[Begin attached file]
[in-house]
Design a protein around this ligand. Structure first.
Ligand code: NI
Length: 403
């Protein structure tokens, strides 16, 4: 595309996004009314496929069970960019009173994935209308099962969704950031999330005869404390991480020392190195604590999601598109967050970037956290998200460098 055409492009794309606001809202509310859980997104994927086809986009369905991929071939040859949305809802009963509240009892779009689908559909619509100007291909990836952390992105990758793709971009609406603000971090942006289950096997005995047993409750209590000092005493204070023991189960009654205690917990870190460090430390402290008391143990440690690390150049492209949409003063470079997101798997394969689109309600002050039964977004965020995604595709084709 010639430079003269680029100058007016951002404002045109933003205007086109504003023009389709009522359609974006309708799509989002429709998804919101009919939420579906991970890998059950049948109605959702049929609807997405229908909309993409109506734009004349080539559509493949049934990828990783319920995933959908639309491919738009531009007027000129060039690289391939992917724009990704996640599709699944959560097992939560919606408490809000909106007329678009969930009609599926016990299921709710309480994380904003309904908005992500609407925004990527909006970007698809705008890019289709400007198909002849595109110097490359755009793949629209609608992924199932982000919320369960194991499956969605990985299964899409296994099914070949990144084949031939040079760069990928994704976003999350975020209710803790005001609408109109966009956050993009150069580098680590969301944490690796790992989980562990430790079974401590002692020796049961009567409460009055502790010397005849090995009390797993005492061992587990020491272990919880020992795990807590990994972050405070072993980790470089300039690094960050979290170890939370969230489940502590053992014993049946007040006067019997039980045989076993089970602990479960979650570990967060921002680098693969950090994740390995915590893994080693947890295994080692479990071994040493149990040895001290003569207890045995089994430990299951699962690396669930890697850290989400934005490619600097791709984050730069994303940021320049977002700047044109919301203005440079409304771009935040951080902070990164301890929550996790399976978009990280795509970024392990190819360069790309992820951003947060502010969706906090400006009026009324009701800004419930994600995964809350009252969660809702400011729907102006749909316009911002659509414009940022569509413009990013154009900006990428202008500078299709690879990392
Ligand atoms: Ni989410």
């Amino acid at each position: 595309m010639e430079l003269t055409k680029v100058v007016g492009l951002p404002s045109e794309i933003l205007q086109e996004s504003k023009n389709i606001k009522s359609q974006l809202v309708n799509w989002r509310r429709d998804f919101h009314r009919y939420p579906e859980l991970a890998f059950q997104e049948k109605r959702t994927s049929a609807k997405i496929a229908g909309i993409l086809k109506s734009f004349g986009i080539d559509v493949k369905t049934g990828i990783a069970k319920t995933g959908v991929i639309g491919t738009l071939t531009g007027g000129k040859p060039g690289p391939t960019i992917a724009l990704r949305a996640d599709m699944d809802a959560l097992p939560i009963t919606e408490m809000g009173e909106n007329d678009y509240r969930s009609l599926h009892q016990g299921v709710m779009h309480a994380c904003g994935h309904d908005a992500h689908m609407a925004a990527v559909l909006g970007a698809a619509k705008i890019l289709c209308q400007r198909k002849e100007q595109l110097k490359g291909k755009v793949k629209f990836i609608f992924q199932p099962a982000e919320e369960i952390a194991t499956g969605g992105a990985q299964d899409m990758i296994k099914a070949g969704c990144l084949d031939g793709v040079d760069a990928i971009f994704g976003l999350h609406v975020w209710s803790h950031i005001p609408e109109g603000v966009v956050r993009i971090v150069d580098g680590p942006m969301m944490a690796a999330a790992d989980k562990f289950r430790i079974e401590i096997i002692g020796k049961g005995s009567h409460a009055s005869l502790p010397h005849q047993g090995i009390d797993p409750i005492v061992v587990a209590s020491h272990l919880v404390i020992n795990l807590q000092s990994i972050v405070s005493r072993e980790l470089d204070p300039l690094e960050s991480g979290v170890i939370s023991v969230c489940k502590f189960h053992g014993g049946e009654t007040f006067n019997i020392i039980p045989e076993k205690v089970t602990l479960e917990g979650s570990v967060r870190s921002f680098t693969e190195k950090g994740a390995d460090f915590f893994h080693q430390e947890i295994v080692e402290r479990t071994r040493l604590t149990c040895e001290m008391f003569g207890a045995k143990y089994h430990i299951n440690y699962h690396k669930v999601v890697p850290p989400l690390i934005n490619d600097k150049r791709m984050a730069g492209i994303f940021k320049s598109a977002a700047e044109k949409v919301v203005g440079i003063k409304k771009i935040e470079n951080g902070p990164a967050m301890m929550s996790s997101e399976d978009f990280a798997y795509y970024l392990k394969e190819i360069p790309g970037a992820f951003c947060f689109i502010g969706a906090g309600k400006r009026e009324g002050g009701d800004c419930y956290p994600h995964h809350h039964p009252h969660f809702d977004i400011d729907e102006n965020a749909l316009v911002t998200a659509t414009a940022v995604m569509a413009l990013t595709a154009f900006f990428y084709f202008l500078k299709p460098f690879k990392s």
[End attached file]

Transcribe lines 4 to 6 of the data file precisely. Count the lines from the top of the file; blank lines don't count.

Length: 403
């Protein structure tokens, strides 16, 4: 595309996004009314496929069970960019009173994935209308099962969704950031999330005869404390991480020392190195604590999601598109967050970037956290998200460098 055409492009794309606001809202509310859980997104994927086809986009369905991929071939040859949305809802009963509240009892779009689908559909619509100007291909990836952390992105990758793709971009609406603000971090942006289950096997005995047993409750209590000092005493204070023991189960009654205690917990870190460090430390402290008391143990440690690390150049492209949409003063470079997101798997394969689109309600002050039964977004965020995604595709084709 010639430079003269680029100058007016951002404002045109933003205007086109504003023009389709009522359609974006309708799509989002429709998804919101009919939420579906991970890998059950049948109605959702049929609807997405229908909309993409109506734009004349080539559509493949049934990828990783319920995933959908639309491919738009531009007027000129060039690289391939992917724009990704996640599709699944959560097992939560919606408490809000909106007329678009969930009609599926016990299921709710309480994380904003309904908005992500609407925004990527909006970007698809705008890019289709400007198909002849595109110097490359755009793949629209609608992924199932982000919320369960194991499956969605990985299964899409296994099914070949990144084949031939040079760069990928994704976003999350975020209710803790005001609408109109966009956050993009150069580098680590969301944490690796790992989980562990430790079974401590002692020796049961009567409460009055502790010397005849090995009390797993005492061992587990020491272990919880020992795990807590990994972050405070072993980790470089300039690094960050979290170890939370969230489940502590053992014993049946007040006067019997039980045989076993089970602990479960979650570990967060921002680098693969950090994740390995915590893994080693947890295994080692479990071994040493149990040895001290003569207890045995089994430990299951699962690396669930890697850290989400934005490619600097791709984050730069994303940021320049977002700047044109919301203005440079409304771009935040951080902070990164301890929550996790399976978009990280795509970024392990190819360069790309992820951003947060502010969706906090400006009026009324009701800004419930994600995964809350009252969660809702400011729907102006749909316009911002659509414009940022569509413009990013154009900006990428202008500078299709690879990392
Ligand atoms: Ni989410």